Medical students at UCLA are mobilizing volunteers to support health care workers in the fight against the novel coronavirus.
LA COVID-19 Volunteers, established by UCLA medical students last month, now has over 300 student volunteers, who are assisting families of health care workers with free services such as child care, pet sitting and errands. LACV is also helping to make and distribute personal protective equipment and cloth face masks to those at greatest risk of infection.
The group consists of four teams, each focused on a different area of service: personal protective equipment recruitment, health care worker services, community partnerships and communications.
The volunteer group began as separate COVID-19 relief efforts, headed by UCLA medical students. UCLA medical student and third-year class vice president Sarah Andebrhan reached out to these students and connected them into one cohesive health care initiative, which became LACV.
“We are really pleased by the outpouring of support from the community, our Bruins on the UCLA campus and our many supporters, volunteering to provide child care for our employees, offering to bring in meals for those working, and assist in any way possible to confront this pandemic,’’ said Johnese Spisso, president of UCLA Health.
Andebrhan’s initial goal was to develop a support system for students and workers with children. Andebrhan worked with fellow third-year medical student and young mother Elyse Conley to establish LACV.
Andebrhan connected Conley to third-year medical student Mona Deng, who reached out to an existing COVID-sitter program at the University of Minnesota in order to create a similar model in LA.
Conley and Deng became co-directors of what is now the health care worker services team. Their team assists in matching families of health care workers with volunteers who buy and deliver groceries to them, and offer babysitting and pet-sitting services.
LACV expanded to include personal protective equipment management after Andebrhan contacted David Geffen School of Medicine Vice Dean for Education Clarence Braddock, who informed her of similar efforts by first-year medical students like Rose Paneno.
The personal protective equipment team, which is now managed by Paneno, has several ongoing initiatives, including a program to ask local businesses in the greater LA area for donations of personal protective equipment supplies, such as medical grade face shields, surgical gowns, goggles and N95 masks.
“We are trying to see if any local businesses like tattoo parlors, nail salons, dentist offices, textile and clothing makers are willing to donate to hospitals in need, … as these businesses tend to have a lot of these materials and they are shut down because of social distancing protocols,’’ Paneno said.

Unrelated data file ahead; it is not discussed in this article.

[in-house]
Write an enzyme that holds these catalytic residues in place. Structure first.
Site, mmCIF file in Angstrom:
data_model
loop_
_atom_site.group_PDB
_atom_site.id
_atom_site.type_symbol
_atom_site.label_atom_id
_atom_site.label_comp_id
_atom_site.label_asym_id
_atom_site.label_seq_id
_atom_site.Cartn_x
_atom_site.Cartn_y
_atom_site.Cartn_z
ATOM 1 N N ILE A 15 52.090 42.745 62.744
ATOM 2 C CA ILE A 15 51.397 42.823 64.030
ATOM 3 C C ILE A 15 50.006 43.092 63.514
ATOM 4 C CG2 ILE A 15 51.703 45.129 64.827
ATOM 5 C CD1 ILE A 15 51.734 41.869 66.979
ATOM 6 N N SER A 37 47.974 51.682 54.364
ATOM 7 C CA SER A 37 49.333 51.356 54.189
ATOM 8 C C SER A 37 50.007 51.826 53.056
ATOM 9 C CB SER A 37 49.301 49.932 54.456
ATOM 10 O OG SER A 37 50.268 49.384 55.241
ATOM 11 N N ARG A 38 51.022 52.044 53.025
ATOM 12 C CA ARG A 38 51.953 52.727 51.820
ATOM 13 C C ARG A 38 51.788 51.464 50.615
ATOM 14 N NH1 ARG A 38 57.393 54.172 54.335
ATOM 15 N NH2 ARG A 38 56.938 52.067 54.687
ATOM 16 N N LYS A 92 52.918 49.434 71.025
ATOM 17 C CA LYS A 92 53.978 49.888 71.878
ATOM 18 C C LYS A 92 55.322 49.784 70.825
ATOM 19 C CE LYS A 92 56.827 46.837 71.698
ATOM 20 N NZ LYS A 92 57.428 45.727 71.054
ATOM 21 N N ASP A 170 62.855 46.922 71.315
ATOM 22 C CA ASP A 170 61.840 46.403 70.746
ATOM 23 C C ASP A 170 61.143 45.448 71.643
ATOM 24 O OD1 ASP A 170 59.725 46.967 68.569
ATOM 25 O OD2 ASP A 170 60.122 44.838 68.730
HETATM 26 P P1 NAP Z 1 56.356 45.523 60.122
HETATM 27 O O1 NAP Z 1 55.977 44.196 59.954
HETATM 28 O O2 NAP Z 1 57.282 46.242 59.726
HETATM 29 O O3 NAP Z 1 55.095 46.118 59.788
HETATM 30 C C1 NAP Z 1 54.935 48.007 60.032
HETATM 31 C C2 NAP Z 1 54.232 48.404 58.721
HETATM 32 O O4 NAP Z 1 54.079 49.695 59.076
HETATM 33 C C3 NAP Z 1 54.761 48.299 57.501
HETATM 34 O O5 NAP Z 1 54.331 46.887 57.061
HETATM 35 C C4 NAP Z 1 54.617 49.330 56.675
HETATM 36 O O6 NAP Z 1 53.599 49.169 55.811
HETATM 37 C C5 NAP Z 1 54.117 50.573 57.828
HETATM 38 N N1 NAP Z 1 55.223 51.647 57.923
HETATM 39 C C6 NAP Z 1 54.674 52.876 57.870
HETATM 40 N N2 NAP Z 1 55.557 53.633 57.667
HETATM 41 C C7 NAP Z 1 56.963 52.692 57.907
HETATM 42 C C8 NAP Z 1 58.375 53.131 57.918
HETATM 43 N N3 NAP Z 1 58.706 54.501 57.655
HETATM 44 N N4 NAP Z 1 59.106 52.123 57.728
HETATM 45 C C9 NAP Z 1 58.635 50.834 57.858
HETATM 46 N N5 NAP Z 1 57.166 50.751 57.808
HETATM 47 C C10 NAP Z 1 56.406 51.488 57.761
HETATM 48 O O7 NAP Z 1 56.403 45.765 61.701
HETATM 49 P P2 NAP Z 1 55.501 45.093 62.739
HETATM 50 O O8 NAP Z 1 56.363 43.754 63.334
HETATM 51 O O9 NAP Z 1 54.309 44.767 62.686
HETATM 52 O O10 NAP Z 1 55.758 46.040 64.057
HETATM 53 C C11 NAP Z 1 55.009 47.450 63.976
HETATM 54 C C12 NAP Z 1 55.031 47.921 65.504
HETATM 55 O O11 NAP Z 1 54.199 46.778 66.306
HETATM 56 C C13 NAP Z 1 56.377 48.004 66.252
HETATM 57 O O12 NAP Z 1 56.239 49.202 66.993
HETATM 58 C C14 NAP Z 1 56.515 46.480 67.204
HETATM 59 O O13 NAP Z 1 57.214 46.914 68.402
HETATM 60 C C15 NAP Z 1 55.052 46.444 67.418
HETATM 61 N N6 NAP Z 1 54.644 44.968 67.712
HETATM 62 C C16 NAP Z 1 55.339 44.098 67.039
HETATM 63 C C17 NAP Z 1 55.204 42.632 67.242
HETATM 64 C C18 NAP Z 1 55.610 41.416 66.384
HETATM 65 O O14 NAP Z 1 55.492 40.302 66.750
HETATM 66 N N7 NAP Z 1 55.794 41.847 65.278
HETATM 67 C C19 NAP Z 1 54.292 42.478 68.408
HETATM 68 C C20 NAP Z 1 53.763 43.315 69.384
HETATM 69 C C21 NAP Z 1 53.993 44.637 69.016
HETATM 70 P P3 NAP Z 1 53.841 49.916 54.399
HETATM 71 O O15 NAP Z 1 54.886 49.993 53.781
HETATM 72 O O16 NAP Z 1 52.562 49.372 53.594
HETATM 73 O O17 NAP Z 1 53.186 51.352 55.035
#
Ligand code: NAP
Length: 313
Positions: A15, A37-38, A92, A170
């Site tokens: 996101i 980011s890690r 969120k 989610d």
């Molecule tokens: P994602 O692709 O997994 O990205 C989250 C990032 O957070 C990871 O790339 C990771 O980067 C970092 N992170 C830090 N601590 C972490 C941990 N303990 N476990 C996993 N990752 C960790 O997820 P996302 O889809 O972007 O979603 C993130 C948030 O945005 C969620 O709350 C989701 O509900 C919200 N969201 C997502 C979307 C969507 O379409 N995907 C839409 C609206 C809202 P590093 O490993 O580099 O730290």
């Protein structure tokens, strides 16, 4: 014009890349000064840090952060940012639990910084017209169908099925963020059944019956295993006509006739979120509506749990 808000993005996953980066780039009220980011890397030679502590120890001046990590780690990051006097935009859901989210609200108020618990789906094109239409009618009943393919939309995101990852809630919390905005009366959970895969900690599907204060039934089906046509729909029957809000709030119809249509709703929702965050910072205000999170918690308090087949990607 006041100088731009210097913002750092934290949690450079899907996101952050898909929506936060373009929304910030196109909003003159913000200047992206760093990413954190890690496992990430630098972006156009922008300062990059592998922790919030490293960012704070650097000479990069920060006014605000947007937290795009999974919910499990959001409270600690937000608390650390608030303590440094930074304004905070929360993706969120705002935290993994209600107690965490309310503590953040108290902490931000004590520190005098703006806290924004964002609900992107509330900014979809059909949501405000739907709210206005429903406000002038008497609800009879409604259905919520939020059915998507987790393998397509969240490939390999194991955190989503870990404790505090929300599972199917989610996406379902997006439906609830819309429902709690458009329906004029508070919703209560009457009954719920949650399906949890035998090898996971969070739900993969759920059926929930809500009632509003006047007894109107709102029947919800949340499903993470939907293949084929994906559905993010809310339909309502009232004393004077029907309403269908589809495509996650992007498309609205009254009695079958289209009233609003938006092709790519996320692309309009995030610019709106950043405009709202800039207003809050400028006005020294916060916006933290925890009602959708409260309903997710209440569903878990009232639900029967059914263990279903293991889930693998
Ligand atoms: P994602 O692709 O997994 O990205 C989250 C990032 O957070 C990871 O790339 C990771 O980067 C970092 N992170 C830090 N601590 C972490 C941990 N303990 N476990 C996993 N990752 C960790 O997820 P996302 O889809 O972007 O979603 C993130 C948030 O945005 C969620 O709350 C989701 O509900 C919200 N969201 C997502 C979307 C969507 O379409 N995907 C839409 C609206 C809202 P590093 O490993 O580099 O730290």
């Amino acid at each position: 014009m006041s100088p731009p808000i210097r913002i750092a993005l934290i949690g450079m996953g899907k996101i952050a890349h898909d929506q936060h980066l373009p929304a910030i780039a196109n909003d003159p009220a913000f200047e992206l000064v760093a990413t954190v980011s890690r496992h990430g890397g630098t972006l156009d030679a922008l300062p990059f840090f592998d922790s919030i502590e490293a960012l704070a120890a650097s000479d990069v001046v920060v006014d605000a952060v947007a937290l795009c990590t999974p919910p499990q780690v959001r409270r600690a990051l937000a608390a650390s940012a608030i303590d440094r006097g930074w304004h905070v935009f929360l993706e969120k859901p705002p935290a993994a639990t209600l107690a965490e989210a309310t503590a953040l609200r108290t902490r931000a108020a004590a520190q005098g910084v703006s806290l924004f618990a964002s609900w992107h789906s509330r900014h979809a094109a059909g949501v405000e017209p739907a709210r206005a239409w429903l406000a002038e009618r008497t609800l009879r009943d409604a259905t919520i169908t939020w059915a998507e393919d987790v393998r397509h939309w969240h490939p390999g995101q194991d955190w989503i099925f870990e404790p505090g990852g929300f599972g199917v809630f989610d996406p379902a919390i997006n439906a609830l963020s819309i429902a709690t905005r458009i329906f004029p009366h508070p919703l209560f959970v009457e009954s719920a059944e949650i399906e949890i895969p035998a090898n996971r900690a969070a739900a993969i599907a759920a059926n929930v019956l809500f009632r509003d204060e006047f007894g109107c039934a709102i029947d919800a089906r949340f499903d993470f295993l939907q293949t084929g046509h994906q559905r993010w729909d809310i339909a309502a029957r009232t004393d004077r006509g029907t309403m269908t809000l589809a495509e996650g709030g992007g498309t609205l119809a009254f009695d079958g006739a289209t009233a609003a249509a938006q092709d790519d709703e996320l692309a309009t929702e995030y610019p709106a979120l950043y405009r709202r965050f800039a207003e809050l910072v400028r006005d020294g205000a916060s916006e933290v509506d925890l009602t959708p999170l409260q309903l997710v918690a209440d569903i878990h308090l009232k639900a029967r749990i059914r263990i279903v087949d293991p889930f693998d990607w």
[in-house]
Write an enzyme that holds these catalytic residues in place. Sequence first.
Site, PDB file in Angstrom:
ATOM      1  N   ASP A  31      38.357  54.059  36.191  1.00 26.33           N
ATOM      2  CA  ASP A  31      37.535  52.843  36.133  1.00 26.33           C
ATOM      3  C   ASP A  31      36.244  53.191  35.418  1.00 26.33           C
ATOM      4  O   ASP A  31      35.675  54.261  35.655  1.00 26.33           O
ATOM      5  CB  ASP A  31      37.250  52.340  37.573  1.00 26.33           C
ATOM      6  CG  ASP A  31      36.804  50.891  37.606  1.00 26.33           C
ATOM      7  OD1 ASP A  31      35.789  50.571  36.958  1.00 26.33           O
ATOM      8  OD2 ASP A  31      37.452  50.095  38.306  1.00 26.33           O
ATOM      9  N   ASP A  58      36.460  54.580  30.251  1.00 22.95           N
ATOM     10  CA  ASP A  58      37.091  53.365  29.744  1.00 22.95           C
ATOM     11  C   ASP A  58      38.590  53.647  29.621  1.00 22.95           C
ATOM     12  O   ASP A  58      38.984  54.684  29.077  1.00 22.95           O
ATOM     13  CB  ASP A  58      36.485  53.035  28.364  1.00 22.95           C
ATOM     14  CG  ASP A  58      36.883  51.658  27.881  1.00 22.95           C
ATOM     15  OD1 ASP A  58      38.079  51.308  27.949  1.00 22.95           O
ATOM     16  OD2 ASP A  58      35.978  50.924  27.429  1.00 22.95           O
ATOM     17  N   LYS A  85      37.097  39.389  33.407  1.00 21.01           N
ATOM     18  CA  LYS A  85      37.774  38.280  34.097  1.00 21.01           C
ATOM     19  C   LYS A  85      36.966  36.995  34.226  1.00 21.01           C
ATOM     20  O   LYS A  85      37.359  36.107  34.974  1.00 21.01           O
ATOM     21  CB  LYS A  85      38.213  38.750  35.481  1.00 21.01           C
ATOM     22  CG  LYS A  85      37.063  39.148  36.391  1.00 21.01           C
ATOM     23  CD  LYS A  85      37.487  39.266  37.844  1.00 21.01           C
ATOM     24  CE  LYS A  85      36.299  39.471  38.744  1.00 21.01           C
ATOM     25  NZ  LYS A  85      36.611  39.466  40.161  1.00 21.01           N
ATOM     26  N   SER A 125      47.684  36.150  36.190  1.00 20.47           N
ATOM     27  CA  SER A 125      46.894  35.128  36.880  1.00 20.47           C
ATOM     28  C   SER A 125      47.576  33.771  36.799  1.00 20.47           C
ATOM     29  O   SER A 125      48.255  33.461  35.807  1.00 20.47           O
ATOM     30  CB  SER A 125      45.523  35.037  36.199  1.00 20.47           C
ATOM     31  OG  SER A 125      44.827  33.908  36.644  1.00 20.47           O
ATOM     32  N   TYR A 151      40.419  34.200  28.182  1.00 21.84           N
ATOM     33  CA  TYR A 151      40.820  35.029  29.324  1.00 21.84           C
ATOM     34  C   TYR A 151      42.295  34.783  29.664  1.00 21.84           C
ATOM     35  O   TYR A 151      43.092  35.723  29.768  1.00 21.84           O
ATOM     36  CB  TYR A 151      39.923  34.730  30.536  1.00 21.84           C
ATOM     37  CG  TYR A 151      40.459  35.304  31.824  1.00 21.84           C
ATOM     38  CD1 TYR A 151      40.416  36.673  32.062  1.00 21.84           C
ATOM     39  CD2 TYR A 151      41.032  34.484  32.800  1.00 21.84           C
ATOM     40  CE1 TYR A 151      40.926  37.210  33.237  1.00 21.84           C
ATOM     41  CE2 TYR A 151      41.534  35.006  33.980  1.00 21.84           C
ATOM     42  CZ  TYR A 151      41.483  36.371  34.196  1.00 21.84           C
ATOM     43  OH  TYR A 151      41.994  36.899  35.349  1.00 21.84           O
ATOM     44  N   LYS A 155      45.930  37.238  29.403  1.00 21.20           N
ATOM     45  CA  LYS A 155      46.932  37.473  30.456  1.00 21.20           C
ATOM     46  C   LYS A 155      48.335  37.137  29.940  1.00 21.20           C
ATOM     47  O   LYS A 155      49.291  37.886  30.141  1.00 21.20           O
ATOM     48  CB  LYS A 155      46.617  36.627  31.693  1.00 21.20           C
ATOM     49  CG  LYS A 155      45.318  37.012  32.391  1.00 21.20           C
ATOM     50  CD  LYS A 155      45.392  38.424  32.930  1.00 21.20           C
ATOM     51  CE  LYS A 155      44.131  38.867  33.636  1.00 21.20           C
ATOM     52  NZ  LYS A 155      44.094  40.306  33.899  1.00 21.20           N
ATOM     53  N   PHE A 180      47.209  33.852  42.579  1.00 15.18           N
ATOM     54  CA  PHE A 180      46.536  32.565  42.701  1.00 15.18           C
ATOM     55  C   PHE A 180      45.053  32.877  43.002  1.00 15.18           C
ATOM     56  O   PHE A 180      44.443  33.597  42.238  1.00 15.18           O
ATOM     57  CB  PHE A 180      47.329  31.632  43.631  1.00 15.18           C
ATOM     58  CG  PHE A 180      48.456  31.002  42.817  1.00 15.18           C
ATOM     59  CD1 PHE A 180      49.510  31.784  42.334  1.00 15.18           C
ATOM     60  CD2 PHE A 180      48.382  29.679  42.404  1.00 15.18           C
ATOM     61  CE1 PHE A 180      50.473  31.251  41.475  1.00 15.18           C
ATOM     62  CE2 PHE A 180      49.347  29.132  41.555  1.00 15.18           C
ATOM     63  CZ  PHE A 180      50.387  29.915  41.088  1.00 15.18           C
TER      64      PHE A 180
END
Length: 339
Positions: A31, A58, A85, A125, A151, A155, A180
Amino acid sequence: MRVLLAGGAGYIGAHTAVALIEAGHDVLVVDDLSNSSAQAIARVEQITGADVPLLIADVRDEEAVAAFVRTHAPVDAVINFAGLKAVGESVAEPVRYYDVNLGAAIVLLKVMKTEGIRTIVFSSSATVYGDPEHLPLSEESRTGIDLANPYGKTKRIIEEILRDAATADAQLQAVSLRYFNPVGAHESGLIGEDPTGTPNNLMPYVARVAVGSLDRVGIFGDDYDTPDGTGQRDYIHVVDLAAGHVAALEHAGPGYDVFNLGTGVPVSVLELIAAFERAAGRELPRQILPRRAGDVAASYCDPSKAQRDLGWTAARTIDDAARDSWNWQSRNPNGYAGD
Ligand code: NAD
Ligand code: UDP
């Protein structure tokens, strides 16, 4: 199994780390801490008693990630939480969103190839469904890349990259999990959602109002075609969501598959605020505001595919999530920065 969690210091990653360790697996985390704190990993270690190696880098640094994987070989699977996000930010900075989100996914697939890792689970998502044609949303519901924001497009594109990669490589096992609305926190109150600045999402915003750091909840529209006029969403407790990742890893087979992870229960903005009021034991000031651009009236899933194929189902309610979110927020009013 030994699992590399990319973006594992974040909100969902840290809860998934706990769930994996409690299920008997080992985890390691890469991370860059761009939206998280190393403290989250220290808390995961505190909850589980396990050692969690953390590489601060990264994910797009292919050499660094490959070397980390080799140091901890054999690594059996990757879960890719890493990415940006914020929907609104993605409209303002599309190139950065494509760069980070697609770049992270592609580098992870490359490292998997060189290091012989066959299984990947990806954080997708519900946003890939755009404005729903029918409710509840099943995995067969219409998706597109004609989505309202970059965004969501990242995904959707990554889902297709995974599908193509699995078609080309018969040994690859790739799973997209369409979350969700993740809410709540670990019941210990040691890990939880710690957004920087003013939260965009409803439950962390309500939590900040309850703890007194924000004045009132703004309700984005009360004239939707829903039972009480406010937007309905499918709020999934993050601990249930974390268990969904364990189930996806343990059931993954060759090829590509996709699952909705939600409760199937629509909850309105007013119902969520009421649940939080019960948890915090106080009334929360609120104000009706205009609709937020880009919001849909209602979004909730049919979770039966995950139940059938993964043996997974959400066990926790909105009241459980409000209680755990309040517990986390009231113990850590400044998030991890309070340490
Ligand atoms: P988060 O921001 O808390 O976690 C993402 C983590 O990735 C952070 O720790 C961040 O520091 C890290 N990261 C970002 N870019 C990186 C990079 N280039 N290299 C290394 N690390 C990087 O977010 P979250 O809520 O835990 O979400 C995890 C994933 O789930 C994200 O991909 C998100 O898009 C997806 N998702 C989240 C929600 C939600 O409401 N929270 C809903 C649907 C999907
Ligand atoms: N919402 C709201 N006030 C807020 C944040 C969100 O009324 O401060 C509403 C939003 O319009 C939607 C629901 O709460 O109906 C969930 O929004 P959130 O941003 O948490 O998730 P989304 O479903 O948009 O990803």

Although Paneno hopes to expand the delivery of personal protective equipment, at the moment volunteer efforts are focused on Olive View and Harbor UCLA medical centers, the two facilities in greatest need within the UCLA Health system.
“As we expand, we will be able to provide more resources to other hospitals as well,” Paneno said. “But right now, those are the two that have reached out to us and said that they have the greatest need at this time.”
The personal protective equipment team is also leading efforts to create disposable face shields needed by health care workers in the UCLA Health system. Volunteers have created nearly 6,650 face shields so far.
Conley, health care worker services co-director of LACV, has begun fundraising via GoFundMe for a new initiative within LACV called LA COVID Food Corps.
The money will be used to purchase at least 200 hot meals per week for janitorial staff, emergency department and internal care unit physicians in one of LA’s safety-net hospitals, Harbor UCLA Medical Center, where staff treat some of the sickest and most socioeconomically vulnerable patients in the area.
Conley added that the funding will also be used to purchase critical items and food for hospital workers earning wages at or below the livability index for Los Angeles County, a quantitative and qualitative tool that measures quality of life and satisfaction of residents in a given city.
“Health care is meant to be a collaborative effort, with the patient front and center, supported by a team partnership of health care workers, who use their knowledge to reach the goals of the patient,” Conley said. “I believe that we have a truly beautiful opportunity to really engage and serve our greater community, before we are full-fledged physicians.’’
In developing LACV, Conley said she hoped to create a program that would engage individuals with their community, allowing them to realize the impact of this pandemic on different levels of society.
“What we are trying to do is break down the institutional walls, build community based on the desire to serve, and have it be about the joint struggle we are engaged in, regardless of the letters behind your name, such as MD, DO, or NP,” Conley said.
Paneno added that students of all capabilities, majors and schools are encouraged to join.
“We are working in tandem with UCLA, but we are open to every school, and every group of students that is interested in helping in this crisis,’’ Paneno said.